Let’s try this a different way: Imagine that a student instead receives their paper with the following scores for specific targets. It might look like this:
Sentence Structure: 2
The student takes 5 min to look through the teachers evaluation. However, this time, the student understands the connection between a score and the relationships to mastery:
4 – Above & Beyond Standard
3 – Mastery (Grade Level Expectation)
2 – Progressing toward Mastery
1 – Needs Development
Then what? Now, even if the student chooses to recycle the paper, they have a better understanding of the areas they need to improve on. While the paper was written well and met grade-level expectations, the writing had some significant grammatical errors. This may be an area the student chooses to focus more on in the future!
The bottom line: The numerical value of a grade does not matter if it does not support the student in their future growth. Therefore, whether an educator chooses to use a 4 point grading scale or a 10 point scale, standards-based grading or a more traditional approach, the goal is to more clearly identify areas of success as well as areas of growth with a clear connection to mastery.
When students understand where they stand and when they understand what a grade actually means, they have a clear path forward. This path leads to less confusion. Less confusion leads to less frustration. And you surely know that a less frustrated student is one with fewer behavior management challenges.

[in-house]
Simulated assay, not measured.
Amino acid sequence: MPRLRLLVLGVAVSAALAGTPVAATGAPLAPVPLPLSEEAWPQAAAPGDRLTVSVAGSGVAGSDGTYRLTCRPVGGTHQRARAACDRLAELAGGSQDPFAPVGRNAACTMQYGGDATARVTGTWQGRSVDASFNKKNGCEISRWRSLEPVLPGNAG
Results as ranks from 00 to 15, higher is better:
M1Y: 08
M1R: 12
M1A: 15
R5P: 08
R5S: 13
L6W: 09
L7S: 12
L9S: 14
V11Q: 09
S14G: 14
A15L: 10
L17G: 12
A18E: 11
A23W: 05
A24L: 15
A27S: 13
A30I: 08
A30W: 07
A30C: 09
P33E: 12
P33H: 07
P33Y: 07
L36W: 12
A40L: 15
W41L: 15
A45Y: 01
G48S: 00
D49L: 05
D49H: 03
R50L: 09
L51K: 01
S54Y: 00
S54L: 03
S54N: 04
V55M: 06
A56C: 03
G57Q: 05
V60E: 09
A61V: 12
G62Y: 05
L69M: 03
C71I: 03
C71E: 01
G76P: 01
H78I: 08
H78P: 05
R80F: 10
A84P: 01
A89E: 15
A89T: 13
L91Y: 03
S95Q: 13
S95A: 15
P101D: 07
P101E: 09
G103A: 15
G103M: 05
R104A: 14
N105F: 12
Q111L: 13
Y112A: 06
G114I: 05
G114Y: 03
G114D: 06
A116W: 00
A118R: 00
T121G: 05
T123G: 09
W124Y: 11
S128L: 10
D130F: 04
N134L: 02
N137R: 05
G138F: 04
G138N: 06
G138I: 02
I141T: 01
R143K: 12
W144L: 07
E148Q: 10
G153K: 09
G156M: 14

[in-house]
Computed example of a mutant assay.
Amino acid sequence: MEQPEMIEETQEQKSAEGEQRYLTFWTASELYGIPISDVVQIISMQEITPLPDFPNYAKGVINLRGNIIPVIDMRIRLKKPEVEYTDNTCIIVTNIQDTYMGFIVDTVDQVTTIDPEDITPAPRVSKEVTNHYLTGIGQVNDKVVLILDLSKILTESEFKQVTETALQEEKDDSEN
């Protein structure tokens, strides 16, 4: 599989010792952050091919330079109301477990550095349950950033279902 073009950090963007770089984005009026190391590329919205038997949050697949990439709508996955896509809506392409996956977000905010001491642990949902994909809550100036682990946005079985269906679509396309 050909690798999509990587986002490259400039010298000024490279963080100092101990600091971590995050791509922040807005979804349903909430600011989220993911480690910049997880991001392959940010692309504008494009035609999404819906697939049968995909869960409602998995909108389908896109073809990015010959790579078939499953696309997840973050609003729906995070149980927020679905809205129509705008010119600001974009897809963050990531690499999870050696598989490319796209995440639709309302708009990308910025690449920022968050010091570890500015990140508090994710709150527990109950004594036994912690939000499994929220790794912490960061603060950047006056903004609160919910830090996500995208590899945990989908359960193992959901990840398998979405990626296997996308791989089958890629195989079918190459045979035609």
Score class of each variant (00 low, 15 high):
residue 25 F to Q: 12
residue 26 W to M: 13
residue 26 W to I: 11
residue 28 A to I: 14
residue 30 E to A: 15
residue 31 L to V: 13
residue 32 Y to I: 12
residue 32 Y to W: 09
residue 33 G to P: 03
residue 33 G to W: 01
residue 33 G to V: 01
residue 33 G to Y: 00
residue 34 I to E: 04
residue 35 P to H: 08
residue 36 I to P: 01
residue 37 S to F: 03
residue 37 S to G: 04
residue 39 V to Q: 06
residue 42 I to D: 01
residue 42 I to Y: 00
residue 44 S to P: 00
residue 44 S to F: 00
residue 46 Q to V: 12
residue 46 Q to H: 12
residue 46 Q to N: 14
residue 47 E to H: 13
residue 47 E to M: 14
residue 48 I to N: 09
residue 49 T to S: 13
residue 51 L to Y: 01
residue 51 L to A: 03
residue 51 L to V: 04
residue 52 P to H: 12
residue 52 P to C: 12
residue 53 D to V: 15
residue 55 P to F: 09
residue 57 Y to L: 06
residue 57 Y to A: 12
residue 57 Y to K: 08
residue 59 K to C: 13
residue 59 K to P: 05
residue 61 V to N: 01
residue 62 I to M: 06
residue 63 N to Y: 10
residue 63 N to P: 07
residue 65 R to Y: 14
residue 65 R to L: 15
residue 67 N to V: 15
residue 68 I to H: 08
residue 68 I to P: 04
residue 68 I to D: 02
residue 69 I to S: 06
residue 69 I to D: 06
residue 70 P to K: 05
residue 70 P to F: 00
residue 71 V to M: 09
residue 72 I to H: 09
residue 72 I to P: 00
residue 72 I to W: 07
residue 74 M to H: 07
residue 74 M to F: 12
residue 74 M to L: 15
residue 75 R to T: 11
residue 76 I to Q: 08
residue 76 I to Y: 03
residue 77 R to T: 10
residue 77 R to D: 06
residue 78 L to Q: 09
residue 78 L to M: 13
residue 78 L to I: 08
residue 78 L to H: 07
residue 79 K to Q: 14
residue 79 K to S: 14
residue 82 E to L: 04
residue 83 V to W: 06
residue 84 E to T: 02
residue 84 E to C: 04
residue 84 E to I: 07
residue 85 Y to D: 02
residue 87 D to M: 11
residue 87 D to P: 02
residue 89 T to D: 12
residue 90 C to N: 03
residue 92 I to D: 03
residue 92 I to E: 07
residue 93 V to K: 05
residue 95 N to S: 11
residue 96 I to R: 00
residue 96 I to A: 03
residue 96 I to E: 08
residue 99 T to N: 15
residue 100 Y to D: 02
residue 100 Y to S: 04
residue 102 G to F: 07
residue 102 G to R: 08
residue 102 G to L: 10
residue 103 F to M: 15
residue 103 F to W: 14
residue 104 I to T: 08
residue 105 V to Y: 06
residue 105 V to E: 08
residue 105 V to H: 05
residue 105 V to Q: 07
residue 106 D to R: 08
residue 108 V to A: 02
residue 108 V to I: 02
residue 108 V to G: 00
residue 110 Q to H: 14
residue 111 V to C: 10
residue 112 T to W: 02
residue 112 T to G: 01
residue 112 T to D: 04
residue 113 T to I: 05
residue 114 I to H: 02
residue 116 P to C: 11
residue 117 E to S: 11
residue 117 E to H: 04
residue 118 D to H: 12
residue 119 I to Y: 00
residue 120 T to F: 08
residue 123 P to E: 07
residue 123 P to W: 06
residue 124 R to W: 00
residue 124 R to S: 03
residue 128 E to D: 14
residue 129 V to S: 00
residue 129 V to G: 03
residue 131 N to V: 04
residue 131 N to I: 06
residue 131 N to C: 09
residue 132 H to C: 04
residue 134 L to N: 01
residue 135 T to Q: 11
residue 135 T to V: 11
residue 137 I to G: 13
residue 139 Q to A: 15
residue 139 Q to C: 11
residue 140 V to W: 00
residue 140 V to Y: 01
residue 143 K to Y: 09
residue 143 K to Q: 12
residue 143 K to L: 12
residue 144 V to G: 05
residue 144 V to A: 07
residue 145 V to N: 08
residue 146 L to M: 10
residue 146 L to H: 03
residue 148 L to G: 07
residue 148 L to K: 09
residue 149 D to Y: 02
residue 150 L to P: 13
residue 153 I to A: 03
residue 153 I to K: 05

While classroom management encompasses an array of components taking place in the classroom, the choice to shift student ownership and provide clear feedback to students regarding understanding levels and expectations can change the culture of a classroom in an instant. So what are you waiting for?
About Rae Hughart
Rae Hughart is a Middle-Level Math and Writing Educator in Illinois and the Director of Training and Development for Progressive Mastery Learning, LLC. In 2017, Rae was honored with the Illinois State University Outstanding Young Alumni Award – inducting her into the University Hall of Fame.